By RITA DUCKWORTH
It’s a rarity for any business to be around for 150 years, but one local institution reaches that milestone in 2018.
On Jan. 1, 1868, Edward M. West and his son-in-law, Civil War veteran Major William R. Prickett, opened the doors of a new bank in Edwardsville. Located at the site now occupied by the Madison County Administration Building, they named it West & Prickett. It would become TheBANK of Edwardsville.
“TheBANK is eight years older than the telephone and 11 years older than the Edison lightbulb,” says Grady Ambuel, senior vice president of marketing. “It’s survived economic depressions, recessions, wars, and an ever-changing banking industry. It’s been through everything and has always come through.”
TheBANK of Edwardsville is one of the 200 oldest banks in the U.S., at No. 173. And according to iBanknet, which tracks data on financial institutions, it is one of the few to retain its name.
“This anniversary is not something we take for granted because it’s so rare for any business, and especially a bank,” says Ambuel. “It’s the same name, and in many respects the same institution, 150 years later.”
Today TheBANK has 18 locations in Illinois and two in Missouri. The most recent is a loan production office in St. Charles, Mo., which opened in November. It joins a full-service Clayton branch in St. Louis. TheBANK has kept a regional focus and according to Ambuel, plans to continue to do so.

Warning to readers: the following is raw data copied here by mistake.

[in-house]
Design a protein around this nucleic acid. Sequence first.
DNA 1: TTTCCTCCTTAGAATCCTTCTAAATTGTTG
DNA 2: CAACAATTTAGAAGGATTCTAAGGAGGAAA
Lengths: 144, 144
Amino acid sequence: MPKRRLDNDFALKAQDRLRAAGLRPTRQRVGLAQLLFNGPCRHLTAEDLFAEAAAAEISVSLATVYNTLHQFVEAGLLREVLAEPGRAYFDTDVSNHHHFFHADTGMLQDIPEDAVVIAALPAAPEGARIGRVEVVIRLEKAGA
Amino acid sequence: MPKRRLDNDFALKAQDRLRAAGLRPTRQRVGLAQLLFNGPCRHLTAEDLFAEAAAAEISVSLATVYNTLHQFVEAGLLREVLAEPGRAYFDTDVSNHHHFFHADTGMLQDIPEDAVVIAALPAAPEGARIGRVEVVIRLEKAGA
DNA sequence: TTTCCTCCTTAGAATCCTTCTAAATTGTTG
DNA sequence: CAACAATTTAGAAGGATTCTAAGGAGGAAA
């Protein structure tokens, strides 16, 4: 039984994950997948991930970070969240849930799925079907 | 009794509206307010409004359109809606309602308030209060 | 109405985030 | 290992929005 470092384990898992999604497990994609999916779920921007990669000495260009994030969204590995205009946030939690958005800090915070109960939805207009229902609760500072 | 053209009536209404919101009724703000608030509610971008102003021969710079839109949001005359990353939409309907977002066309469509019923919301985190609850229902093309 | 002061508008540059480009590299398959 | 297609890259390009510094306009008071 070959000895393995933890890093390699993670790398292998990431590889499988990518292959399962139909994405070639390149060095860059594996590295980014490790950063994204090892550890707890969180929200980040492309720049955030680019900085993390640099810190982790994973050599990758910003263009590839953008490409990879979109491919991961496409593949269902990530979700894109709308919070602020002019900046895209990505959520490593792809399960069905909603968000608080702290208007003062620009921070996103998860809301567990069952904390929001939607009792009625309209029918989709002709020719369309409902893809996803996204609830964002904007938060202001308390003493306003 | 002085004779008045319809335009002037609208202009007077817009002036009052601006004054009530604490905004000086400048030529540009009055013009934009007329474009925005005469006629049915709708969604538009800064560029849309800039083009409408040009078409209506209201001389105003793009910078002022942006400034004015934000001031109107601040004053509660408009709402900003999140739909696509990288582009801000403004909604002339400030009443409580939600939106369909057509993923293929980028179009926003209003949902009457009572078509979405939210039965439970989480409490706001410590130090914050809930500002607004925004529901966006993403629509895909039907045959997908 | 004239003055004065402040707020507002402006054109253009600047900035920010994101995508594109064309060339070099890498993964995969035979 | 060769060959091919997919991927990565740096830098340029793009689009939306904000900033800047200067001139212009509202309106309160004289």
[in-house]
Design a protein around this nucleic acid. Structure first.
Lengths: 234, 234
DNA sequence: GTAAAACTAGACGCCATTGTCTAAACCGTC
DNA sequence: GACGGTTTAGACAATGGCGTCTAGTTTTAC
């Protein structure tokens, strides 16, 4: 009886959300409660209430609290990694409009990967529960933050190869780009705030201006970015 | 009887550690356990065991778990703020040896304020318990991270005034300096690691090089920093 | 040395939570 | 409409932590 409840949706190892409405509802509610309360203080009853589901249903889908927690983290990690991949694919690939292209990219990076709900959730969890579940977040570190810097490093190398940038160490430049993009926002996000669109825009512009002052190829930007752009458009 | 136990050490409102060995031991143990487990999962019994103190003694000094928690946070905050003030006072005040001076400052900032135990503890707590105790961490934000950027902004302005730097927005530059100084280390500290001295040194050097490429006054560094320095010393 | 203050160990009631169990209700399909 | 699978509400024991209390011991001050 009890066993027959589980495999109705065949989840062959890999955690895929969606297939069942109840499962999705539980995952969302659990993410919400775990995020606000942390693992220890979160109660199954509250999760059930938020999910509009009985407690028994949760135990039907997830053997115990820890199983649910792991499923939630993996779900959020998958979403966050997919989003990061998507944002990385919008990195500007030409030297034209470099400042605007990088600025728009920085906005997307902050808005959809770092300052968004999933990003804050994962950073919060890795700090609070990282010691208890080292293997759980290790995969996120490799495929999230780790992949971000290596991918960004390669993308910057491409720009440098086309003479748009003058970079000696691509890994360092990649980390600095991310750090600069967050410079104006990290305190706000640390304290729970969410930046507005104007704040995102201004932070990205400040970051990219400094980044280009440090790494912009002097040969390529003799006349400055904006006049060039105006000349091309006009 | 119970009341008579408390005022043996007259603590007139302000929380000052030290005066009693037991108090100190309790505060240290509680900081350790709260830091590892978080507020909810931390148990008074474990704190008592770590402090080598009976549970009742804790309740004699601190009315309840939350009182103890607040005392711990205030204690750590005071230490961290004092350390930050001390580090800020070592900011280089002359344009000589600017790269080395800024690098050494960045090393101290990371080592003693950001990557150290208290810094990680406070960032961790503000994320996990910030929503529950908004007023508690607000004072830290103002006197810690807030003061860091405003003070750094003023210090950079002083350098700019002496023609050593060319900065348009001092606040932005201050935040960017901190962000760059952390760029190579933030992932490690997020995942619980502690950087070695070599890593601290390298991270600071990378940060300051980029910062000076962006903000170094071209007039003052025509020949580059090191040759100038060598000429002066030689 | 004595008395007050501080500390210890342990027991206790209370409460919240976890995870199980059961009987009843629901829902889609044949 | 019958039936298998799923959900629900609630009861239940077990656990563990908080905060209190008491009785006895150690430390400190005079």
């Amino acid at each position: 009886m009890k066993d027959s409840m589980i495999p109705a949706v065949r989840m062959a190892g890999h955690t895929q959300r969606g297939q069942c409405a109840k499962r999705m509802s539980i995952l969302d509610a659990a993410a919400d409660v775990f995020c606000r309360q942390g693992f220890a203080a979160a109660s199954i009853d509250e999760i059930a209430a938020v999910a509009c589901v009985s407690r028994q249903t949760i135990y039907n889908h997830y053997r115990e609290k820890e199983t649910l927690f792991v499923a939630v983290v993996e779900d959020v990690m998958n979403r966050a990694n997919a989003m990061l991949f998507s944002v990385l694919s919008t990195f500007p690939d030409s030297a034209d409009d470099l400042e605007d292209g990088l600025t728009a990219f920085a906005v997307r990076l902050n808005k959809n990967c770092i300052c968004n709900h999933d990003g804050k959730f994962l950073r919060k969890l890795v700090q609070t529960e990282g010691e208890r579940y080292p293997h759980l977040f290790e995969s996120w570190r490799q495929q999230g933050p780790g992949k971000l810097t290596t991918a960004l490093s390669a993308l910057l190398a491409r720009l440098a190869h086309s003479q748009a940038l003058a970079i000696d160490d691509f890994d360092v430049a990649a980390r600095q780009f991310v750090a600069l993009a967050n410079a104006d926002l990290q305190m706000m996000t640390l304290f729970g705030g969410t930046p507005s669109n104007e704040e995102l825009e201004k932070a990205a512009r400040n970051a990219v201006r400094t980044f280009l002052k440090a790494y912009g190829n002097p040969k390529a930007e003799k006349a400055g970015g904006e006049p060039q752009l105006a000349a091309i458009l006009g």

The institution owes its longevity in part to its dedication to the communities it serves. Its roots go deep, not only in banking but in civic and charitable organizations throughout the region.
“We don’t just write checks (to organizations,)” explains Ambuel. “We’re out there volunteering at charity events and serving on the boards of local groups. We take a lot of pride in that.”
As part of its continuing effort to serve the “unbanked and underbanked,” TheBANK opened the first fully bilingual, full-service banking location in the region in Fairmont City, Illinois in 2015. TheBANK is also dedicated to education outreach, including scholarships and its Financial Literacy Program. That program helps students at 18 high schools in the Metro East learn valuable life skills to prepare them for a healthy financial future.
As TheBANK of Edwardsville commemorates its sesquicentennial, it remains focused on its core values: growing and changing along with the rest of the world while remaining true to its local and historical roots.
By RITA DUCKWORTH